Journal of Archaeology in the Low Countries 4-2 (April 2013)Laura I. Kooistra; Marieke van Dinter; Monica K. Dütting; Pauline van Rijn; Chiara Cavallo: Could the local population of the Lower Rhine delta supply the Roman army? Part 1: The archaeological and historical framework
4. The rural population in the Rhine delta

4.3 Arable farming and animal husbandry

It is generally accepted that farmers in the research area only produced food for their own use before the arrival of the Romans (Kooistra 1996; Groot et al. 2009). The larger granaries found from the Roman period and the change in composition of the livestock in the Batavian region (but also in the rural settlement Katwijk-Zanderij) suggest that the farmers to the south of the Rhine produced a surplus of agrarian products (Groot 2008; Groot et al. 2009; Groot & Kooistra 2009; Kooistra 2009). Although surplus production is assumed, there is no clear specialisation in arable farming or animal husbandry (Groot & Kooistra 2009; Kooistra 2009). The farmers grew barley, emmer wheat, oat and sometimes also millet. It is unclear whether Celtic bean and flax/linseed (Linum usitatissimum) were common products. Mediterranean kitchen herbs have been found at several rural settlements from the second and third centuries; they are assumed to have been grown locally (Livarda & Van der Veen 2008). There are no indications for orchards in the Batavian and Cananefatian regions. The only fruits and nuts of which remains have been found in agrarian settlements could have been collected in the surroundings of the sites (Groot & Kooistra 2009; Kooistra 2009).

As far as livestock is concerned, cattle remained the main meat provider in agrarian settlements during the entire Roman period. The cited quote from Tacitus (Germania, caput 5) indicates that the local cattle were small in size. The appearance of larger cattle in the Roman period was the result of the improvement of stock-breeding practices to obtain a higher production of beef and/or for traction and other agrarian purposes (Lauwerier 1988). In the first century, more sheep may have been kept for meat (Groot 2008). Horses were bred in the Batavian region, probably for the Roman army, but not for their meat (Luff 1982; Lauwerier 1988). In the river area, botanical research has provided indications for the location of pastures. Some were located on the alluvial ridges and perhaps on fallow fields, but most botanical finds point to grassland vegetation in marshy areas (Groot et al. 2009; Groot & Kooistra 2009; Kooistra 1996; Kooistra & Van Haaster 2001).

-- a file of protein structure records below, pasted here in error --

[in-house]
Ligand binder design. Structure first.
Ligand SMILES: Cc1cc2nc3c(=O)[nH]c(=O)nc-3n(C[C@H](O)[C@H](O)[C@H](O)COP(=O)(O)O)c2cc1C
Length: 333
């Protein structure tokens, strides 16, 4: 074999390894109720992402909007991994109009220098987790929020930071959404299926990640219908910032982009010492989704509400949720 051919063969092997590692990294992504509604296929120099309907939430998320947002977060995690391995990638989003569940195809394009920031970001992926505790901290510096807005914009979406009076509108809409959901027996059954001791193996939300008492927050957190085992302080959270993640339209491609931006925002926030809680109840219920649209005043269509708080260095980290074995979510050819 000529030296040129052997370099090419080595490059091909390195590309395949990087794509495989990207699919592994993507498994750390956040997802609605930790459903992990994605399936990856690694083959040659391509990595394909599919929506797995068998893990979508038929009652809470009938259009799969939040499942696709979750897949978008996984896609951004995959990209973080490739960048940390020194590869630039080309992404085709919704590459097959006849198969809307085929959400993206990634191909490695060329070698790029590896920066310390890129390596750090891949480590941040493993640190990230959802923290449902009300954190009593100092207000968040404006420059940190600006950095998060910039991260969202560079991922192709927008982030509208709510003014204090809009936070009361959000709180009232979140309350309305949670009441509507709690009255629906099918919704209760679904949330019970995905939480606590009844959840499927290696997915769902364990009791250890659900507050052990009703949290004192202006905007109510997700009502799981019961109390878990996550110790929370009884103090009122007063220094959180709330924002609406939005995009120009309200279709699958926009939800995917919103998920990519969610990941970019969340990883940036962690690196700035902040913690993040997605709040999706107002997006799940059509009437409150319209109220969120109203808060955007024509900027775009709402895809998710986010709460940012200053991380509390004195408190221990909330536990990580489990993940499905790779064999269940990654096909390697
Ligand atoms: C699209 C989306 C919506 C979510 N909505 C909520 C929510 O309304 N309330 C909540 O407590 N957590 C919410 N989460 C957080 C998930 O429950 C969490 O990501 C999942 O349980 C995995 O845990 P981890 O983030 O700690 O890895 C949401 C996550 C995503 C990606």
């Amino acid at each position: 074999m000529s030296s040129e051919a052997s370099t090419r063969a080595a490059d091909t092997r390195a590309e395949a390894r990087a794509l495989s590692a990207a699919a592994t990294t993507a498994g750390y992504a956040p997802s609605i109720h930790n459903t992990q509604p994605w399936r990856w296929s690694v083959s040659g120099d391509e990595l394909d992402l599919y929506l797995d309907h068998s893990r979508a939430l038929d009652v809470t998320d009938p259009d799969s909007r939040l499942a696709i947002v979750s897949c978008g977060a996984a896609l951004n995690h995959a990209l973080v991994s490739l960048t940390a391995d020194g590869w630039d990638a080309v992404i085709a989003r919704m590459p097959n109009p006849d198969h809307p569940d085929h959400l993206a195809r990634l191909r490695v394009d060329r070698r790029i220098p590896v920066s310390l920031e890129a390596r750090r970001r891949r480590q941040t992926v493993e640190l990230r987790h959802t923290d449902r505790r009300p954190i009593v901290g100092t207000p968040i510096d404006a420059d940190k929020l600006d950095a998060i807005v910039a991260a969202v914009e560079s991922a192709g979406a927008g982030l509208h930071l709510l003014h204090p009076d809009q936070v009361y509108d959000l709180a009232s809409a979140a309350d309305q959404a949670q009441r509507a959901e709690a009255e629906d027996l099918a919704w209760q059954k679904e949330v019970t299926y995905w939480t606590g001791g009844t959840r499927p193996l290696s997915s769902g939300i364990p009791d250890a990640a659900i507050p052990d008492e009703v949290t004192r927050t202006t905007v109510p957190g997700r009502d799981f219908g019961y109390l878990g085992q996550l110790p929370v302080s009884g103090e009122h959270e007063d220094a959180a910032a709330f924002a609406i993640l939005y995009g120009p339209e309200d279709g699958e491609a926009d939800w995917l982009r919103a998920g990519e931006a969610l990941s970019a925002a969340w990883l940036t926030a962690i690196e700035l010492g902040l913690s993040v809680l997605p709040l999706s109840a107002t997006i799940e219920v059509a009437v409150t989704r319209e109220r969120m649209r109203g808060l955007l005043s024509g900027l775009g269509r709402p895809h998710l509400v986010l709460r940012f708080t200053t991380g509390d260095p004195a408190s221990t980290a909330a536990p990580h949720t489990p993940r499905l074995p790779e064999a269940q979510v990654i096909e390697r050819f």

Although the agrarian population to the south of the Rhine was integrated in the Roman empire to a high degree, hardly any imported food plants have been found in the agrarian settlements. Based on these results, it is assumed that in the Roman period the rural population produced its own food and did not import food from elsewhere. When we consider the agrarian products in the limes zone, it is likely that, as far as vegetable food is concerned, the rural population produced a surplus of cereals. For animal products, besides breeding horses, the emphasis seems to have been on the improvement of stock-breeding practices in case of cattle, although extra sheep were perhaps bred temporarily.